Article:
3.3. Sensitivity to Other Variations in Input Data

[19] Model results were very sensitive to factors related to paddy rice, and much less sensitive to other factors. Changing the percolation rate for paddy rice by ±50% caused a ±10% change in global irrigation water use, implying that, in these simulations, ∼20% of global irrigation water percolates from flooded fields. These calculations are based on continuous flooding; paddy water management in some regions is changing to intermittent drainage [e.g., Li et al., 2002], reducing total irrigation water requirements. Neglecting cropping information by assuming that only one, non-rice crop is grown on all irrigated land reduced irrigation demand by 50%, again highlighting the importance of paddy rice. Sensitivities to changes in soil water holding capacity and the timing of the growing season were very low (<1%). Further sources of uncertainties not investigated here include variations in the irrigation intensity, the ET0 function, which could change the estimated demand by up to 40% [Weiss and Menzel, 2008], and variations in kc, which might have a 15% sensitivity [Satti et al., 2004].

4. Summary and Conclusions

[20] National and global estimates of irrigation water withdrawal are very sensitive to several key factors that are not well-constrained in existing global datasets: total irrigated area, paddy rice area, percolation rates in paddy soils, overall irrigation efficiencies, and weather (particularly precipitation), which are quantified here for the first time. Of these, paddy rice area is probably the least uncertain; new crop maps continue to improve [Monfreda et al., 2008], but reliable estimates of multiple cropping are difficult to construct [Frolking et al., 2006]. Water percolation rates from paddy soils are not well-constrained, as global soil texture maps are spatially too coarse to reliably assign values to the portion of a model grid cell that is paddy rice. Total irrigated area remains problematic, as national maps are of varying quality [Döll and Siebert, 2002], irrigation infrastructure goes out of and comes into service from year to year for economic and technical reasons, and global mapping by remote sensing has several obstacles (clouds, small field size, paddy irrigation in humid environments), though new methodologies are being developed [e.g., Ozdogan and Gutman, 2008]. The large differences in irrigation estimates (30%) due to different weather drivers highlight the need for continuing improvements in historical global weather reconstruction and reanalysis products that should remain a global change research priority [Fekete et al., 2004].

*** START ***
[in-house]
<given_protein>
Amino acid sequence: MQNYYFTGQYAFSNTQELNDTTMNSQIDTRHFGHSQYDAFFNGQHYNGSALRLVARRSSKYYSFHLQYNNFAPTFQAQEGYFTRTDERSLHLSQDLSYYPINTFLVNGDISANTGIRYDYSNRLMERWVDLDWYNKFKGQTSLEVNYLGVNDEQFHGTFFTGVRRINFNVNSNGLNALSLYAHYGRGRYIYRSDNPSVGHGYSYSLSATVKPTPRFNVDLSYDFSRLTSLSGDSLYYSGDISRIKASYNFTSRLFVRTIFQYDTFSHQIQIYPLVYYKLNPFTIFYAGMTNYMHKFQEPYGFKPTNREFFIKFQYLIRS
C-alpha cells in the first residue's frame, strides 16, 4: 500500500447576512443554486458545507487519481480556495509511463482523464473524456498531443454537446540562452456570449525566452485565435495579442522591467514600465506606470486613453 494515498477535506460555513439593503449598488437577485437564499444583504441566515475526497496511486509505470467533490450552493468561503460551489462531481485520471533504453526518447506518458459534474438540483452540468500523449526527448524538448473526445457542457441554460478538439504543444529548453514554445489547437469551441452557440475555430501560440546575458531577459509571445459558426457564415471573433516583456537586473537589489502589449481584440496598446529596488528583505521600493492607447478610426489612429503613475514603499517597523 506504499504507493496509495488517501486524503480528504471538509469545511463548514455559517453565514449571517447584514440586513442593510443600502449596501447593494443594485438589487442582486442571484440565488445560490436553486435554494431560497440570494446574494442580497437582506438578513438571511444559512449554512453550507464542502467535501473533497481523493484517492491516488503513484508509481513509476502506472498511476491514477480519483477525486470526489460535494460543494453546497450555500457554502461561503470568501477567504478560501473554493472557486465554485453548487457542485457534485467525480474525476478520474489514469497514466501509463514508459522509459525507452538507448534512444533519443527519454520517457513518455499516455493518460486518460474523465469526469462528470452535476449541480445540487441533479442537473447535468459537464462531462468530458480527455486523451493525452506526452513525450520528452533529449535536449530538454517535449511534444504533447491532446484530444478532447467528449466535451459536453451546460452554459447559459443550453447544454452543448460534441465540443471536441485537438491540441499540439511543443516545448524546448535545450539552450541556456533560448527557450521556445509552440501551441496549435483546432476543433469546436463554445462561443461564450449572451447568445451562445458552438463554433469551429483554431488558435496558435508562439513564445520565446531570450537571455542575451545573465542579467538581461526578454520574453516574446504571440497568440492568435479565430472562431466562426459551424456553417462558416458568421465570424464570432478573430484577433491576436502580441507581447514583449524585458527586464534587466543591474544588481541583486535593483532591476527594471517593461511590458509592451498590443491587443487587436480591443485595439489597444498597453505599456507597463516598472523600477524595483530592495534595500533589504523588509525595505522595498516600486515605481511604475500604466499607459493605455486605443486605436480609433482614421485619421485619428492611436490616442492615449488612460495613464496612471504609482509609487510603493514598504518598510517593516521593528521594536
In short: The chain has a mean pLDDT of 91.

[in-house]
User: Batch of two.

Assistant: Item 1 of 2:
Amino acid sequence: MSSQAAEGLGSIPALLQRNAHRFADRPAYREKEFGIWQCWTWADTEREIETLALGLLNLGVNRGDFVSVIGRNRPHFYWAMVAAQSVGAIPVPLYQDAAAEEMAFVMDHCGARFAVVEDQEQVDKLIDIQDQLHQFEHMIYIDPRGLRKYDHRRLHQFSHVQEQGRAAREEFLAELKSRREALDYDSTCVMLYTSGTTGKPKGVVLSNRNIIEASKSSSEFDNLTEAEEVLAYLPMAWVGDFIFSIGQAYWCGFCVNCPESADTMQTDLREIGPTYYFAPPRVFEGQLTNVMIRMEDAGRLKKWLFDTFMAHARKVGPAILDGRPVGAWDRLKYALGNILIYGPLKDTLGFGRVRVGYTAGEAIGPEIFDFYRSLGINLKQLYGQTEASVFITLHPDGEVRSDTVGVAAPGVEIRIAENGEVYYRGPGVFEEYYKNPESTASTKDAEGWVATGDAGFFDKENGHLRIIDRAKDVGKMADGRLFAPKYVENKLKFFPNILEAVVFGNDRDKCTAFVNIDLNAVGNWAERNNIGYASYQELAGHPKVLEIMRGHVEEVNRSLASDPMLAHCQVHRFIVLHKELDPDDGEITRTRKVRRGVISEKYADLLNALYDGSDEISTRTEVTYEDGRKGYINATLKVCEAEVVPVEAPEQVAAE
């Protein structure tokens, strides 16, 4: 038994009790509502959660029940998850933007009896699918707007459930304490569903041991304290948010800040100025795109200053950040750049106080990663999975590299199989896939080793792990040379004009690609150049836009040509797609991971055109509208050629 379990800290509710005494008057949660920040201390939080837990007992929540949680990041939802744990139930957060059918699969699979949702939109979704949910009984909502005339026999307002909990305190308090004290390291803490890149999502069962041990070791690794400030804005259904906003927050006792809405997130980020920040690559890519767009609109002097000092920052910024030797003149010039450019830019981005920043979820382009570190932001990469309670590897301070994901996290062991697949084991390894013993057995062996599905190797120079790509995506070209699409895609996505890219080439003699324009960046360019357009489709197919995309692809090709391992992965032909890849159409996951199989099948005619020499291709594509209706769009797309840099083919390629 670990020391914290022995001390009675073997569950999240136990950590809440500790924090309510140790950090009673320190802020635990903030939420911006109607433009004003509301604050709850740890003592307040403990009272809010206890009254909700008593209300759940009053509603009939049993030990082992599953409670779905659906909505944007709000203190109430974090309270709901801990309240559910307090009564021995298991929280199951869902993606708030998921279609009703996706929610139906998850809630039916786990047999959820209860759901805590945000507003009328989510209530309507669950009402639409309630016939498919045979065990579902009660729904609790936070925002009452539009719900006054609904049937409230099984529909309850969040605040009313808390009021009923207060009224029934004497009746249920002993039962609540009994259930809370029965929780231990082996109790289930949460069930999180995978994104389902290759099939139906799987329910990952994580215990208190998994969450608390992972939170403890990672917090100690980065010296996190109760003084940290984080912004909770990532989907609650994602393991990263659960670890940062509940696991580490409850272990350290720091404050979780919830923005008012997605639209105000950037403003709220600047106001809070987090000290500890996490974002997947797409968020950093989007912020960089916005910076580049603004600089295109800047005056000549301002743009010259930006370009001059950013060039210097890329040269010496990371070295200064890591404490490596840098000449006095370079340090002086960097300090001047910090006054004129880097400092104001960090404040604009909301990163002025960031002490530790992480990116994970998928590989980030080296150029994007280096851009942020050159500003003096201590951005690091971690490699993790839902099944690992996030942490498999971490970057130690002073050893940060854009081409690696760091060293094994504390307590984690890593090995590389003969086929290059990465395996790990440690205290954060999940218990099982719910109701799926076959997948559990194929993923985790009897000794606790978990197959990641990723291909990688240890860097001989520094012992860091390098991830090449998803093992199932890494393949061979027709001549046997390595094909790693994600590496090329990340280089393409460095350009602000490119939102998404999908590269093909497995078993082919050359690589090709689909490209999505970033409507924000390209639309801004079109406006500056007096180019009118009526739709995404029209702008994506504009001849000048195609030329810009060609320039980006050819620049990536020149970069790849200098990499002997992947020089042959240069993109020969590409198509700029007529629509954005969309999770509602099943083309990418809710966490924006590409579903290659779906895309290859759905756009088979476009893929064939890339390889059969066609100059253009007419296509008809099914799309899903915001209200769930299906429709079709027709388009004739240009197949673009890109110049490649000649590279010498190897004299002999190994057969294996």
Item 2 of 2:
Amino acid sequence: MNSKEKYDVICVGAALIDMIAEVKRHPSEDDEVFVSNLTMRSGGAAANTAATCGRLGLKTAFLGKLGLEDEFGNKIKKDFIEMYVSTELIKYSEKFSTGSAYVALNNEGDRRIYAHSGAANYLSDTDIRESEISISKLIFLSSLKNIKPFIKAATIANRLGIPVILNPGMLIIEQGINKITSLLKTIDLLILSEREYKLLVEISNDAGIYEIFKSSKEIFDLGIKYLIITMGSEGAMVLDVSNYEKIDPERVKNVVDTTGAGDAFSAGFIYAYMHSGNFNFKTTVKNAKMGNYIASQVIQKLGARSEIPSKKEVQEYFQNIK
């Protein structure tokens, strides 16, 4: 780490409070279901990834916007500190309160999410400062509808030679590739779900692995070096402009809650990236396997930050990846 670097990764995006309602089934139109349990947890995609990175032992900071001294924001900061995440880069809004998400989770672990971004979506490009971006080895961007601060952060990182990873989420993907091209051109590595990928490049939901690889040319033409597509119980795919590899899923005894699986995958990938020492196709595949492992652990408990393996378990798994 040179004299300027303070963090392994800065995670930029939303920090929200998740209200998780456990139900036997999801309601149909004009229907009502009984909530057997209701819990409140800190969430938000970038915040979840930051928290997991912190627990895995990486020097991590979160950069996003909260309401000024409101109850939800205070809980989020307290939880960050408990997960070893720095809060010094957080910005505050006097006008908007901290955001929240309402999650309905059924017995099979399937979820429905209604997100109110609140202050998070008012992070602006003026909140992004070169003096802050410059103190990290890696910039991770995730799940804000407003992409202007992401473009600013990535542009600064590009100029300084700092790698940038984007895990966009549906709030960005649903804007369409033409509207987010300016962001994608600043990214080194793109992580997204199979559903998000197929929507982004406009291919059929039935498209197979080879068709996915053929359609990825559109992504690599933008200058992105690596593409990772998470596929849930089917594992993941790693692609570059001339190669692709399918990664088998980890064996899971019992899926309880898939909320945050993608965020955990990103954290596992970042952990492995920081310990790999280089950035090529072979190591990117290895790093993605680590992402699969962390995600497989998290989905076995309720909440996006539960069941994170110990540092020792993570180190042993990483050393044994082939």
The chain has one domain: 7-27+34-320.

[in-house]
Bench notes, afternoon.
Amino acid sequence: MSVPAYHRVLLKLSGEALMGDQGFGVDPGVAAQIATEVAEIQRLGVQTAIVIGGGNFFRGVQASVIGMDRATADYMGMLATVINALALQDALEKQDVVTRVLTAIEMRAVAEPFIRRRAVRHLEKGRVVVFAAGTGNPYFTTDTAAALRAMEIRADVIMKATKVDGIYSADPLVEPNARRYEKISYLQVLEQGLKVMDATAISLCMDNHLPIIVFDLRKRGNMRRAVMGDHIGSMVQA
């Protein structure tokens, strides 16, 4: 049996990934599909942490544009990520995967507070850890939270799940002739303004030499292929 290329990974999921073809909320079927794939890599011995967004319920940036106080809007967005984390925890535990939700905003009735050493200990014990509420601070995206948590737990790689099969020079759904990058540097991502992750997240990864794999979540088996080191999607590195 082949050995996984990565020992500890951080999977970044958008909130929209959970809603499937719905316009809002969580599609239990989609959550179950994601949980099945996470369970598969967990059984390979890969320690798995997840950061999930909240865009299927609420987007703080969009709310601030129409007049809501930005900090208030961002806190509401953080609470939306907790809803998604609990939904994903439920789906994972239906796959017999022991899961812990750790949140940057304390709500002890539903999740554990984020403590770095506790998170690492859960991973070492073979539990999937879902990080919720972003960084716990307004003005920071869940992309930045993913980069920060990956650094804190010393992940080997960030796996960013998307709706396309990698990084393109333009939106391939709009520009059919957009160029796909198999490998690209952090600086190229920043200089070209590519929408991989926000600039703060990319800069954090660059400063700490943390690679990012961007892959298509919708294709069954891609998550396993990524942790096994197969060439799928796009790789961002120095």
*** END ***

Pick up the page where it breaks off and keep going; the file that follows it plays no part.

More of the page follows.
[21] The irrigation efficiency values are based on a limited amount of actual field data; the values used represent broad patterns [Döll and Siebert, 2002] and likely are close to general mean values, but sub-national spatial and temporal variability is not well-known and constrained by a lack of consistent and accurate quantitative data [Lankford, 2006]. Interannual climate-driven variability in global irrigation water use is generally less than 10% of total use, much smaller than the uncertainties due to different climate and irrigation data sets, though it is higher at the regional or national scale and in extremely wet or dry years. This represents an actual interannual variability in irrigation water requirements, and thus should not be compared directly with the larger uncertainties in global demand due to uncertainties in the irrigation area maps or climate fields. It could be compared with actual interannual variability in other factors – paddy rice area, irrigated area of other crops, fraction of irrigation infrastructure that is broken – but these are generally not well-documented. It is also important to bear in mind that years with high weather-driven irrigation water demand are years with low precipitation, and thus are also generally likely to be years with reduced water supply, increasing the challenge for regional water resource managers, who must supply more water in a dry year.


[22] NCEP Reanalysis data provided by the NOAA/OAR/ESRL PSD, Boulder, CO, USA ( Funding was provided by the NASA Terrestrial Hydrology Program (NNX07AW08G), the NASA IDS Program (NNX07AH32G), and the NASA Applied Earth Sciences Program through Cooperative Agreement NNA06CN09A. We thank Chandrashekhar Biradar for help with the IWMI data.